play a positive role in the above economic positions, as well as being “the
designers of the individual building on the individual plot”. The other debates we
are having, about tradition and modernity, about technology, about research and
education are relatively meaningless (remain “academic”), unless they are
directly in dialogue with these wider concerns and sectors.

From the question of the city to the individual construction component, architects
can lead, innovate, inspire. The language with which they do this is the
language of Architecture. Where will we learn this language, what will it be like?

The reproduction of traditional African buildings and culture has its place, akin to
for example the clogs, windmills and tulips of Holland. I notice that the tourist
shops of London have the London Taxi, the Double-Decker bus, the Union Jack
and Tower Bridge, as most prominent in their stock rather than traditional pre-
industrial English culture. They derive as much or more from the urban myths
which accompanied the era of industrialization and modernization as from the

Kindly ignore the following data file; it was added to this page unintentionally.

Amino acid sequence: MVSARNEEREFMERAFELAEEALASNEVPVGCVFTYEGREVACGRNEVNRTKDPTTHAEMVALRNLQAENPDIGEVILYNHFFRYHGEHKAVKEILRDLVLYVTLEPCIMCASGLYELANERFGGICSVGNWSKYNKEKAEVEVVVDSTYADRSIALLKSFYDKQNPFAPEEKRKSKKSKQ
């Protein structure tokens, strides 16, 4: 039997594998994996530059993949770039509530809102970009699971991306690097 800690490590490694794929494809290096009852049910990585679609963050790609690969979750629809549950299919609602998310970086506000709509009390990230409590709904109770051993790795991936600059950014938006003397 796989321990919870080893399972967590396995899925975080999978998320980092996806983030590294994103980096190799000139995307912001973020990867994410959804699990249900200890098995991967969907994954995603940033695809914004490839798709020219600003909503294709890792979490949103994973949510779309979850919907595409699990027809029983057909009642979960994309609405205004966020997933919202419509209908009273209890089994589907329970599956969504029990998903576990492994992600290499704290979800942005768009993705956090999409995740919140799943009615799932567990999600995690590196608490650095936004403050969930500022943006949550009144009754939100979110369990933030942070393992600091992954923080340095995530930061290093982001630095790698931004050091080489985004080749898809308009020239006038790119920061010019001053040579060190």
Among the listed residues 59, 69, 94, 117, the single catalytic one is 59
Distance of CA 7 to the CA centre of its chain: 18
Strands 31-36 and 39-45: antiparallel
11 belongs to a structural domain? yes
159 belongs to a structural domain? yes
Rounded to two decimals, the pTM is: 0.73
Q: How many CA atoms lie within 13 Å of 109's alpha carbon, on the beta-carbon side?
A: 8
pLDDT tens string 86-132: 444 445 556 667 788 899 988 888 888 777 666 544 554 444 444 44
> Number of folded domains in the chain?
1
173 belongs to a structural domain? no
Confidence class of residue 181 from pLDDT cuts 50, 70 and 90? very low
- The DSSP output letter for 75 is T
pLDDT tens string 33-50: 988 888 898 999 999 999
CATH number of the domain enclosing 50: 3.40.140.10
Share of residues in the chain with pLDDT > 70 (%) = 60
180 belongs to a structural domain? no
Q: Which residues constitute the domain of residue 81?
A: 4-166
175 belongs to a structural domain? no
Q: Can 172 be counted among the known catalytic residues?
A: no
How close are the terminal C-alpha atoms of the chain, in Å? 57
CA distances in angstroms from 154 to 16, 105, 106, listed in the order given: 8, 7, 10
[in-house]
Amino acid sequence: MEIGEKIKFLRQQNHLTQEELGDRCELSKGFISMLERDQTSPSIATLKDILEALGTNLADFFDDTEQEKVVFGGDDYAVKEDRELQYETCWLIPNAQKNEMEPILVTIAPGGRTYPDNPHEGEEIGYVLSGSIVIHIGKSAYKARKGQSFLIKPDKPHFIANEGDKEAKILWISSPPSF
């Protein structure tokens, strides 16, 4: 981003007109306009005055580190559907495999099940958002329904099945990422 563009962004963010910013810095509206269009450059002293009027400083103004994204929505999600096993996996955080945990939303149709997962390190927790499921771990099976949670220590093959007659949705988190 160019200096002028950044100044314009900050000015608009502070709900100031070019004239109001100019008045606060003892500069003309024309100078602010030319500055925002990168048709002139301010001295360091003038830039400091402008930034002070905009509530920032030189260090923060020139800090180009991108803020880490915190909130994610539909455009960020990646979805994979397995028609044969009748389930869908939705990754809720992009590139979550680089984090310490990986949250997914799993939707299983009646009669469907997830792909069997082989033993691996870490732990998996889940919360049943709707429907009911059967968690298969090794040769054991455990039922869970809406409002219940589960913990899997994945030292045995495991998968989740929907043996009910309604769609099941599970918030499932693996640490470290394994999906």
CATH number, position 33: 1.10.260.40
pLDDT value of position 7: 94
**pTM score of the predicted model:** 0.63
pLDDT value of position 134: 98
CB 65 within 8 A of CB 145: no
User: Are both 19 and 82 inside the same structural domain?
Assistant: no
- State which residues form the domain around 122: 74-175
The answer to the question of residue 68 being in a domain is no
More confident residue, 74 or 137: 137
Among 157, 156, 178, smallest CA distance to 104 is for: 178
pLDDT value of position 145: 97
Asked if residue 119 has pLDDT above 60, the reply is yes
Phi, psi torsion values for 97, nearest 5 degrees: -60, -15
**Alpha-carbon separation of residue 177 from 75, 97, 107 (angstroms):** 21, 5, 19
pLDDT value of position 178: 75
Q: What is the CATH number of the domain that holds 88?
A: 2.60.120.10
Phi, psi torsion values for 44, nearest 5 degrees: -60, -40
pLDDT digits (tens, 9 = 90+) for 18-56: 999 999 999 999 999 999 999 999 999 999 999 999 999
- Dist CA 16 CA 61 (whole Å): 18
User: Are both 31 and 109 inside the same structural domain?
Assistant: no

pre-industrial past.

“We do not take our own art and culture seriously – that is why Ghanaian and
African artists are not encouraged by our own people. We must place our art and
culture in a more modern perspective. People must be made aware of these
values – because it is from them that we can rediscover ourselves and draw our
inspiration to face our national responsibilities” 3 .

Look to Ghana’s new music, clothes, lifestyles – none of which could exist
without tribal traditions but all of which are more than one step removed from
them. Let us also accept that the present day cultures in Africa are as hybridized
as anywhere else. The European forts and colonial period buildings are part of
Ghana’s history. The emphasis on the uniqueness of traditional, pre-modern
legacy can institutionalize backwardness, just as an emphasis on informal
housing poverty without seeing the routes out of it into middle and higher
income housing, can institutionalize poverty. These are necessary parts of a
3
 The late Saka Acquaye, Ghana’s ‘great artist polymath’ quoted in preface to “Independence in
Dependence” April 2007 Exhibition at Artists Alliance Gallery, La- Accra, by Odile Agyare.
picture which must be balanced with the many other things that are going on in
African Architecture.


4.    In Conclusion

African Architecture needs friends and it needs substantial investment. It needs
to re-connect with the problematic of the city, to be daring and innovative and
attractive. It needs to do so in partnership with the movers and shakers in
emerging African countries and economies.

				
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posted:10/1/2011